1. Virtual reality based Machine Learning Arm-Hand Function Evaluation and Support (VAFES)
  • In this project a standardized test environment in Virtual Reality (VR) will be developed. Motion trackers and VR gloves cover a broad spectrum of relevant motion parameters. In particular, synchronous electroencephalographic (EEG) recordings supplement the motion data with neuronal signals. This combination makes it possible for the first time to use modern Machine Learning (ML) algorithms, such as deep learning, in the context of diagnosis and therapy of neurological diseases with hand and arm dysfunctions. 
  • The easy-to-use functional test can be used in particular for complex extrapyramidal and/or cerebellar movement disorders in order to objectively classify the movement deficits and compare them with comparative data. Due to the increased sensitivity of the test and a generative model of arm movements, different stages of the disease can be better distinguished and the course of the disease more clearly documented. The early detection of diseases with a gradual course should also be improved. Therapeutically, the insights gained in tremor treatment – here by means of a hand exoskeleton to be developed in the project – will be used to establish VR-supported neurofeedback therapy approaches for extrapyramidal and cerebellar movement disorders and for fine calibration for deep brain stimulation for Parkinson’s treatment. 
  • Movement and correlated EEG data from both healthy volunteers and patients will be used to build a publicly accessible database. The database will be made available as a reference for the development and validation of models and methods for the scientific community and companies. The developed modular hardware and software components will be used clinically / scientifically (VR test environment) as well as economically (test instrument, decoder, hand exoskeleton).
  1. Smart upper extremity rehabilitation with an intelligent soft exoskeleton (REXO) 
  • Key component is a bio mechanically designed, adaptive exoskeleton for the upper extremities, which will be developed in this project and used exploratory on patients. The exoskeleton considers the individual conditions of the disease and compensates as far as necessary the dysfunction, which prevents the execution of necessary movements or supports the rehabilitation training by antagonistic activation. Due to intelligent sensors and actuators linkage, the system always provides exactly as much support or correction as is necessary in the respective patient situation.
  • With the exoskeleton a holistic rehabilitation system is developed. The system includes the design and implementation of motion tasks in virtual reality, a feedback system based on bio signals and a generic decoder for invasive and non-invasive brain-computer interfaces. In the technical implementation, the soft exoskeleton combines modern, very light, resilient materials with an intelligent, adaptive control system that does not require any adjustments from the wearer.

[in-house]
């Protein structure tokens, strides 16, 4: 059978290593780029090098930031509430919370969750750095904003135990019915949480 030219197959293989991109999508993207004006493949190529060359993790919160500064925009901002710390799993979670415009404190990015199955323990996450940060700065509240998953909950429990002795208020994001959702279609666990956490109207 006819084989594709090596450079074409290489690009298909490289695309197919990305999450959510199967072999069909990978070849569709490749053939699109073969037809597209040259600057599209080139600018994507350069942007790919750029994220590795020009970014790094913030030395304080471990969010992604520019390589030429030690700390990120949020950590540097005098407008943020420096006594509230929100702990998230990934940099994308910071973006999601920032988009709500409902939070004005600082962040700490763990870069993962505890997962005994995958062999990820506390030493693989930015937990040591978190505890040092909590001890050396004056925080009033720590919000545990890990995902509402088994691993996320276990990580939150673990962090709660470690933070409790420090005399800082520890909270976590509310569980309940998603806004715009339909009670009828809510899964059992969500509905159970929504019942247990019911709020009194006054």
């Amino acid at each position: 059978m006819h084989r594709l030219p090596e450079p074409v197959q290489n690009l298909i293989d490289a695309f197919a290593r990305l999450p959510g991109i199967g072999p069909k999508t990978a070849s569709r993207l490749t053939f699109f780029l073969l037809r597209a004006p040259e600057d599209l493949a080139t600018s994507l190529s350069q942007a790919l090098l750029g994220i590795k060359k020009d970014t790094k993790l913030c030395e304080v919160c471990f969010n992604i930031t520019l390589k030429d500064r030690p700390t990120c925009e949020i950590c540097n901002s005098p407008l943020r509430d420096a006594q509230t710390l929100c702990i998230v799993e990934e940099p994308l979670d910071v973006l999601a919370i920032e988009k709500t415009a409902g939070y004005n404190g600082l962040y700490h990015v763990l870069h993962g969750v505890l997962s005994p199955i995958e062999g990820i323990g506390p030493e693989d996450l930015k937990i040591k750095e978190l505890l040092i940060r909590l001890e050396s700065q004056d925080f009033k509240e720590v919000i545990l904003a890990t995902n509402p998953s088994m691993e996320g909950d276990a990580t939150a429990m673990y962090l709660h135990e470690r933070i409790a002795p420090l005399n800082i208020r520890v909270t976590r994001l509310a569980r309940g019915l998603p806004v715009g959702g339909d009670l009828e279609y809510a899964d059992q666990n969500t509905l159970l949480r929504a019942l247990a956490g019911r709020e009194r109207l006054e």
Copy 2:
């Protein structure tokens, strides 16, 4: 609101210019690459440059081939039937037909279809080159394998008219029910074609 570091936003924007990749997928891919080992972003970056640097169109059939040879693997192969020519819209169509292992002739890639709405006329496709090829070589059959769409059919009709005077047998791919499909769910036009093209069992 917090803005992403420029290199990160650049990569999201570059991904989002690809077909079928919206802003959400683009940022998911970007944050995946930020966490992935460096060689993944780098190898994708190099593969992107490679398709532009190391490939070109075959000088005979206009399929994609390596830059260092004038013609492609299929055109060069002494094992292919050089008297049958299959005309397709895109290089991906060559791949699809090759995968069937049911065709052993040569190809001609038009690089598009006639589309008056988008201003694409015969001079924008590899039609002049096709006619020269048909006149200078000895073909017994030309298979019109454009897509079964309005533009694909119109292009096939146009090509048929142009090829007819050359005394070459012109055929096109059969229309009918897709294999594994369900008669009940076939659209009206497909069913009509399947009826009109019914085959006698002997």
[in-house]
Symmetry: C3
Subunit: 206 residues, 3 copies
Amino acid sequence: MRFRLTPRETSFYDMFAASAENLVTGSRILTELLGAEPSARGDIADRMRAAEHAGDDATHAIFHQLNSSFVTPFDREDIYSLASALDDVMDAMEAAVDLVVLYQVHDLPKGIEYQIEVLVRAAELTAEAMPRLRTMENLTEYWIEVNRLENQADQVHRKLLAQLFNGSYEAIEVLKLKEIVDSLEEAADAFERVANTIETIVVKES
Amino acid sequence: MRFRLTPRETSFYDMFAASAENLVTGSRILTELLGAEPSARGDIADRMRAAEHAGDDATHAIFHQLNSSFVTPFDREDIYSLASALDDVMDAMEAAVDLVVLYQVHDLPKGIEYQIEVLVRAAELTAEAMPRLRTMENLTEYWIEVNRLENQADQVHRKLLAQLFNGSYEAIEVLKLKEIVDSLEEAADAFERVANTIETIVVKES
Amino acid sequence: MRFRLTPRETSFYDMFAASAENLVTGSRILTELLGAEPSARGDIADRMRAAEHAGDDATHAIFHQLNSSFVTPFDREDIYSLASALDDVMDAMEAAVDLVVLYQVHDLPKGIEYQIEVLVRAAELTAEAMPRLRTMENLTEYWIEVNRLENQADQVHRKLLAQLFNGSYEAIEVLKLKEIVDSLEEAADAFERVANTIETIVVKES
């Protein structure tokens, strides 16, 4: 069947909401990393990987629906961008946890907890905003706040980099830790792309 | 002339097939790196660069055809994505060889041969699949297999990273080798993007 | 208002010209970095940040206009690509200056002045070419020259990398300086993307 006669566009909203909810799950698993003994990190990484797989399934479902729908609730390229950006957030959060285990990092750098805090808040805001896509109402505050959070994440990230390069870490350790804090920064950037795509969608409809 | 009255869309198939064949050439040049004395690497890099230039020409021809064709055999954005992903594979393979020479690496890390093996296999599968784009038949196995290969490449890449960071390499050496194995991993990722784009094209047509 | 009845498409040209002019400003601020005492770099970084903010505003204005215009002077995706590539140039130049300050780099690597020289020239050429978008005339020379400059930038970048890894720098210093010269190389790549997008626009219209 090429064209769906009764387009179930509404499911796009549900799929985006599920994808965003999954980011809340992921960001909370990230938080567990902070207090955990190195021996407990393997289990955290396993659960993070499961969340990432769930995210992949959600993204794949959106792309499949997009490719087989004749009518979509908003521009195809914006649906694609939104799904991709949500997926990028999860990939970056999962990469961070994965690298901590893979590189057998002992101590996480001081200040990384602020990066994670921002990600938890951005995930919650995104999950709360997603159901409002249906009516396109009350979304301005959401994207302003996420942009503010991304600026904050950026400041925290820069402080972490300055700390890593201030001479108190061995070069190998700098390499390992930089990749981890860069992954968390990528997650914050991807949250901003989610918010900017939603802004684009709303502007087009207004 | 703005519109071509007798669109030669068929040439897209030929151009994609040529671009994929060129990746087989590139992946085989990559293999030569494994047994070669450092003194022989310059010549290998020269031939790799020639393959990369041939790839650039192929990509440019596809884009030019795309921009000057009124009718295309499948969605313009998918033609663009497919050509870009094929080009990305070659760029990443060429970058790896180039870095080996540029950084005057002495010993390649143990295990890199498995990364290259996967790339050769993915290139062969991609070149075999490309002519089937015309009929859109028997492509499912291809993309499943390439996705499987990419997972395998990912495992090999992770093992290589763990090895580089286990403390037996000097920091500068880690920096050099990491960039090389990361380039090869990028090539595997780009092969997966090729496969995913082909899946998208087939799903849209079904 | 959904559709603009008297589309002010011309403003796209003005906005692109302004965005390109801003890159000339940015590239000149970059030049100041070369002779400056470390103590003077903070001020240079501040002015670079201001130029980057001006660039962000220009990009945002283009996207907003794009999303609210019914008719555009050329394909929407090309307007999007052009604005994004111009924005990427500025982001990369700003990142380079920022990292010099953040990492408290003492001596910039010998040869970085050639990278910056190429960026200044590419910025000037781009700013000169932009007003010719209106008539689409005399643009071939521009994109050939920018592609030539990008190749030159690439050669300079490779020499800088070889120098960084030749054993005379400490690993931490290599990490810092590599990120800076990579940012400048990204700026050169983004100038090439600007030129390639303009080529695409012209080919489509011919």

• The result is new perspectives for improved rehabilitation of arm and hand functions. This can significantly improve patient care.
  1. Motor-parietal cortical neuroprosthesis with somatosensory feedback for restoring hand and arm functions in tetraplegic patients
  • A neuroprosthesis is a system which allows a severely disabled person to control an extracorporeal robotic device with his or her thoughts. Recent developments in neuroprosthetics have great potential to increase the quality of life and autonomy for paralyzed patients. Although a couple of clinical studies for upper limb cortical prosthesis have been started in the USA many aspects of neuroprosthetic systems remain open to research. It is not clear, for example, which areas of the brain are providing the best control signals. Most studies so far focused on the motor cortex and its low-level motor commands. In a recent human study my colleagues and I at Caltech could demonstrate that high-level cognitive signals which we derived from the posterior parietal cortex (PPC) can be used to drive a neuroprosthesis as well. The proposed project intends to combine the signals from both cortical areas – the motor cortex and PPC – to provide improved performance.
  •  Furthermore by utilizing intracortical microstimulation in the somatosensory cortex it is intended to elicit tactile sensations which are completely lost to tetraplegics who are paralyzed from the neck down. The implementation of effective somatosensory feedback is also likely to improve performance especially in fine motor tasks and has the potential to substantially improve quality of life. Another essential part of the project will be to use immersive virtual reality to study the influence of perspective, visual presentation and multiple control scenarios before transitioning to a physical robotic limb. Virtual reality provides us with the opportunity to experiment with multiple perspectives, control schemes and scenarios in a save and rapid way. 
  • Finally, it is intended to use a hybrid control system in which computer assistance is combined with cortical control signals. This combined system would be more robust against long-term signal degradation and could provide optimal assistance in activities of daily living for tetraplegic patients.

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